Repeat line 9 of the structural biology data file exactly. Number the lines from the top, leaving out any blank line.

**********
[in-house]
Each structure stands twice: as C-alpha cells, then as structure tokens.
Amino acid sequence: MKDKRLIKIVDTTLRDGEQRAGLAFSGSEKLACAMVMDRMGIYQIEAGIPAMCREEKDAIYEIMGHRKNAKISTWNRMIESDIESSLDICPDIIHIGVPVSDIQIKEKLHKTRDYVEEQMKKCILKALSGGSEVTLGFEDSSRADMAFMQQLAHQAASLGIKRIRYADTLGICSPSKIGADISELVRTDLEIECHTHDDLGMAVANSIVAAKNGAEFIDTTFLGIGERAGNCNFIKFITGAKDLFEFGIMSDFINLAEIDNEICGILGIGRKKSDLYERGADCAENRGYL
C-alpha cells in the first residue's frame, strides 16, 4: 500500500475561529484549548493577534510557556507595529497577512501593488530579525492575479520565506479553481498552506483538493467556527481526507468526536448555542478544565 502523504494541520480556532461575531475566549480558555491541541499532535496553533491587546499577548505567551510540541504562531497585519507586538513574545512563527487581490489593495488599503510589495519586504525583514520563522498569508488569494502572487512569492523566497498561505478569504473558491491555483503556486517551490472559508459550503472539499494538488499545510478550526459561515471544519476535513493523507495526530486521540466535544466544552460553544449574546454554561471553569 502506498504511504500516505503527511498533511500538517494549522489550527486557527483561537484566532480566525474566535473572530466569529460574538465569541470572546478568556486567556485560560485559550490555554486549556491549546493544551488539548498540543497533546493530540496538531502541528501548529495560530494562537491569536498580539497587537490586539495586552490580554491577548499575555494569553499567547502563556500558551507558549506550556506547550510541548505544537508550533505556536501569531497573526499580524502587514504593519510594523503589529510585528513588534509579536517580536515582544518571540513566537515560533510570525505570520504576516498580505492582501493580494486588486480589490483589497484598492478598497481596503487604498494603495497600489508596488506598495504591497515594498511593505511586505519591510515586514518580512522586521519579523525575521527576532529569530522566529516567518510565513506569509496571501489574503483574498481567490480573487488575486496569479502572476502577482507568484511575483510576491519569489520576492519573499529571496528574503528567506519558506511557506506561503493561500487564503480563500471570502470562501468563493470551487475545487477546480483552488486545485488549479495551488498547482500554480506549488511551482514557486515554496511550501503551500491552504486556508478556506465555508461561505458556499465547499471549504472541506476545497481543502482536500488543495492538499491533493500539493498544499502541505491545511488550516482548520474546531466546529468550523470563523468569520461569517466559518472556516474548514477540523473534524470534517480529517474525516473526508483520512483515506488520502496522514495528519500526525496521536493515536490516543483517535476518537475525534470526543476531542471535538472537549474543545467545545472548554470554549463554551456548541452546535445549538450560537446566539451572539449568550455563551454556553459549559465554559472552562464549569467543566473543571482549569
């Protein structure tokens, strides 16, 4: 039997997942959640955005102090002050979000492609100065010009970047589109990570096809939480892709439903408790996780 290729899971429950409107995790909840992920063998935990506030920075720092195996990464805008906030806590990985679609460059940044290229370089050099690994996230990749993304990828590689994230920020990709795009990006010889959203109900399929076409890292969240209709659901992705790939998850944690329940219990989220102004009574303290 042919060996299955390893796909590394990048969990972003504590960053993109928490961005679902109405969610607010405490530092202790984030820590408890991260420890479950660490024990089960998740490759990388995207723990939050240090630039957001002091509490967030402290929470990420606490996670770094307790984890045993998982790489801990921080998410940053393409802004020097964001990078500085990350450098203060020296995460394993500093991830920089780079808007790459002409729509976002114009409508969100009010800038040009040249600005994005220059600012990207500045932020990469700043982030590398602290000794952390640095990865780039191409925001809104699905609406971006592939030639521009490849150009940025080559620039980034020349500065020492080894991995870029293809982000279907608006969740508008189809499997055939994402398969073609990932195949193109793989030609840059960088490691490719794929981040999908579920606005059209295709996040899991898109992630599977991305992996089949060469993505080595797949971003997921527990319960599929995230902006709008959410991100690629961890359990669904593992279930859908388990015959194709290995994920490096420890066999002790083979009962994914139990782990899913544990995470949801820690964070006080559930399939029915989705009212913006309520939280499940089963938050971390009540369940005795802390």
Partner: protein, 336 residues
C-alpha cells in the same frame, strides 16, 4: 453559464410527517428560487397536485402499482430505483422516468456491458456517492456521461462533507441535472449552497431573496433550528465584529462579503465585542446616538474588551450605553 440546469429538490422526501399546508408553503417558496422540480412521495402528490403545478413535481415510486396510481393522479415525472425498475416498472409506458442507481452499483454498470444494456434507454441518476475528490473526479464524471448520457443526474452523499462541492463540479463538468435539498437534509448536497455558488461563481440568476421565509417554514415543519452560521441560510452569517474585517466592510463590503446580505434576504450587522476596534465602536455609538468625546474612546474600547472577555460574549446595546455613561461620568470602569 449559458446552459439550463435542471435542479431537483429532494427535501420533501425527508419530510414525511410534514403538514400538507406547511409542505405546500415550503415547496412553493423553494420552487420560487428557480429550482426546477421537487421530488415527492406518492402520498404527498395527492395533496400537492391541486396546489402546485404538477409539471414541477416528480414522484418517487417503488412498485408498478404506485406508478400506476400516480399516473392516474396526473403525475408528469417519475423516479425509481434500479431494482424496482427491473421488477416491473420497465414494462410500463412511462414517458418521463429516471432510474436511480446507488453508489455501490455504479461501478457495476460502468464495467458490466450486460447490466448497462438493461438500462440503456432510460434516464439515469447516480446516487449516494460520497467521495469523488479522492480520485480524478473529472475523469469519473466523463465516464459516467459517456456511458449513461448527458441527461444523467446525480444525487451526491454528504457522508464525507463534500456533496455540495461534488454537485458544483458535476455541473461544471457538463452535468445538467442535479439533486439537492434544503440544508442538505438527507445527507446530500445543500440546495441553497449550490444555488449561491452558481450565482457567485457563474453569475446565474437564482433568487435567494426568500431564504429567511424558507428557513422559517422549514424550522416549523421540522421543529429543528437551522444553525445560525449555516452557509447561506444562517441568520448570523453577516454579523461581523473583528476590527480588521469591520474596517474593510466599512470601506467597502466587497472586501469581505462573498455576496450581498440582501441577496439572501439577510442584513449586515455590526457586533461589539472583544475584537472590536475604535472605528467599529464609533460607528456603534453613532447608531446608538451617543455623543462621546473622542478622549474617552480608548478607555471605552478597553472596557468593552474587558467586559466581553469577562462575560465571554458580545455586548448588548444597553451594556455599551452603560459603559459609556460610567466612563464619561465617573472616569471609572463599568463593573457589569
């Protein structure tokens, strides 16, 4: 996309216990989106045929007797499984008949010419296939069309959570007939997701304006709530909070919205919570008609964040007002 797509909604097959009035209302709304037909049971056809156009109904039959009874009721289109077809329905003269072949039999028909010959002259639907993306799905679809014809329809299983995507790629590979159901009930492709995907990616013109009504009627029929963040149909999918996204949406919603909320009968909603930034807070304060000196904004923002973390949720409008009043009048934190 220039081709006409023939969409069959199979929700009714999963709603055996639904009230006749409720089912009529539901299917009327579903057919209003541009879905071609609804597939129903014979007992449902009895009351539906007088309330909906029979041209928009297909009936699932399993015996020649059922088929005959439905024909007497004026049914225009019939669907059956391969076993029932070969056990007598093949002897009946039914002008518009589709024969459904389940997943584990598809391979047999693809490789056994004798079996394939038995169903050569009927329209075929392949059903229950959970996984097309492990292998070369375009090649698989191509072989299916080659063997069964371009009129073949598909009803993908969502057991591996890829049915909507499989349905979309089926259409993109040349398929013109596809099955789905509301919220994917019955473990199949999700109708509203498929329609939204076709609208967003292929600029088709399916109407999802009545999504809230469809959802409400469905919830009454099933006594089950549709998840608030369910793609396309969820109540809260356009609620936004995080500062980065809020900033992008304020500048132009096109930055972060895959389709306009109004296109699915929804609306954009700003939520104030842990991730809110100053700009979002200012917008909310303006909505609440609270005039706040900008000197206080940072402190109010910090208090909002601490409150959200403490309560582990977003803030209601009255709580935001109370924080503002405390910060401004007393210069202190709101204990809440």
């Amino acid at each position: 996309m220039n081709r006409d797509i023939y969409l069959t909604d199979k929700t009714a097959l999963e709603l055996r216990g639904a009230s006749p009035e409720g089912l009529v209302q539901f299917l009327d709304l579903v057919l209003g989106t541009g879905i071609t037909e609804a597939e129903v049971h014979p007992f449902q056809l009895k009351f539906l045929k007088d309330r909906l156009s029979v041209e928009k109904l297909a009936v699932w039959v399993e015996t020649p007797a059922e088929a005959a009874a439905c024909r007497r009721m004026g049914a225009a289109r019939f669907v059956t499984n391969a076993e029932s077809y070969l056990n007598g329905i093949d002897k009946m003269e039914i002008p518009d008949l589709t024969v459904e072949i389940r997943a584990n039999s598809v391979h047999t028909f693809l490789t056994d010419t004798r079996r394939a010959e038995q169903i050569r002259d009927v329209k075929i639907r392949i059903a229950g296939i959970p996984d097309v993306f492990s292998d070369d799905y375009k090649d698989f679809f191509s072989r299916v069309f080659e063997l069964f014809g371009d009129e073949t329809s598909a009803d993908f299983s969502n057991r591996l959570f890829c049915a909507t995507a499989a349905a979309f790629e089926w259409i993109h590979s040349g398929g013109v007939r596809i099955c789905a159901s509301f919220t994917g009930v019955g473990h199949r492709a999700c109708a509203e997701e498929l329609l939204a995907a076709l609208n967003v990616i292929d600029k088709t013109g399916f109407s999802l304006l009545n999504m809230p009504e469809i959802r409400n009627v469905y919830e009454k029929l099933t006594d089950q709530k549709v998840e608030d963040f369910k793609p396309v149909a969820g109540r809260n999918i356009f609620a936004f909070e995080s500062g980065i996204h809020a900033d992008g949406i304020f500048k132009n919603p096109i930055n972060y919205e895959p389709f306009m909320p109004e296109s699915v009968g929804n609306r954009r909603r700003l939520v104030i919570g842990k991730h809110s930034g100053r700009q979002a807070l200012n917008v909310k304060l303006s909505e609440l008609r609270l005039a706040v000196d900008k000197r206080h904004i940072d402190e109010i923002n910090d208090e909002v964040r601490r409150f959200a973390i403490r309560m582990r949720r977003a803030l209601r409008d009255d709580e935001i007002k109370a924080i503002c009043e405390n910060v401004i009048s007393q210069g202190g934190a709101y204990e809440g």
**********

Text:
């Amino acid at each position: 996309m220039n081709r006409d797509i023939y969409l069959t909604d199979k929700t009714a097959l999963e709603l055996r216990g639904a009230s006749p009035e409720g089912l009529v209302q539901f299917l009327d709304l579903v057919l209003g989106t541009g879905i071609t037909e609804a597939e129903v049971h014979p007992f449902q056809l009895k009351f539906l045929k007088d309330r909906l156009s029979v041209e928009k109904l297909a009936v699932w039959v399993e015996t020649p007797a059922e088929a005959a009874a439905c024909r007497r009721m004026g049914a225009a289109r019939f669907v059956t499984n391969a076993e029932s077809y070969l056990n007598g329905i093949d002897k009946m003269e039914i002008p518009d008949l589709t024969v459904e072949i389940r997943a584990n039999s598809v391979h047999t028909f693809l490789t056994d010419t004798r079996r394939a010959e038995q169903i050569r002259d009927v329209k075929i639907r392949i059903a229950g296939i959970p996984d097309v993306f492990s292998d070369d799905y375009k090649d698989f679809f191509s072989r299916v069309f080659e063997l069964f014809g371009d009129e073949t329809s598909a009803d993908f299983s969502n057991r591996l959570f890829c049915a909507t995507a499989a349905a979309f790629e089926w259409i993109h590979s040349g398929g013109v007939r596809i099955c789905a159901s509301f919220t994917g009930v019955g473990h199949r492709a999700c109708a509203e997701e498929l329609l939204a995907a076709l609208n967003v990616i292929d600029k088709t013109g399916f109407s999802l304006l009545n999504m809230p009504e469809i959802r409400n009627v469905y919830e009454k029929l099933t006594d089950q709530k549709v998840e608030d963040f369910k793609p396309v149909a969820g109540r809260n999918i356009f609620a936004f909070e995080s500062g980065i996204h809020a900033d992008g949406i304020f500048k132009n919603p096109i930055n972060y919205e895959p389709f306009m909320p109004e296109s699915v009968g929804n609306r954009r909603r700003l939520v104030i919570g842990k991730h809110s930034g100053r700009q979002a807070l200012n917008v909310k304060l303006s909505e609440l008609r609270l005039a706040v000196d900008k000197r206080h904004i940072d402190e109010i923002n910090d208090e909002v964040r601490r409150f959200a973390i403490r309560m582990r949720r977003a803030l209601r409008d009255d709580e935001i007002k109370a924080i503002c009043e405390n910060v401004i009048s007393q210069g202190g934190a709101y204990e809440g």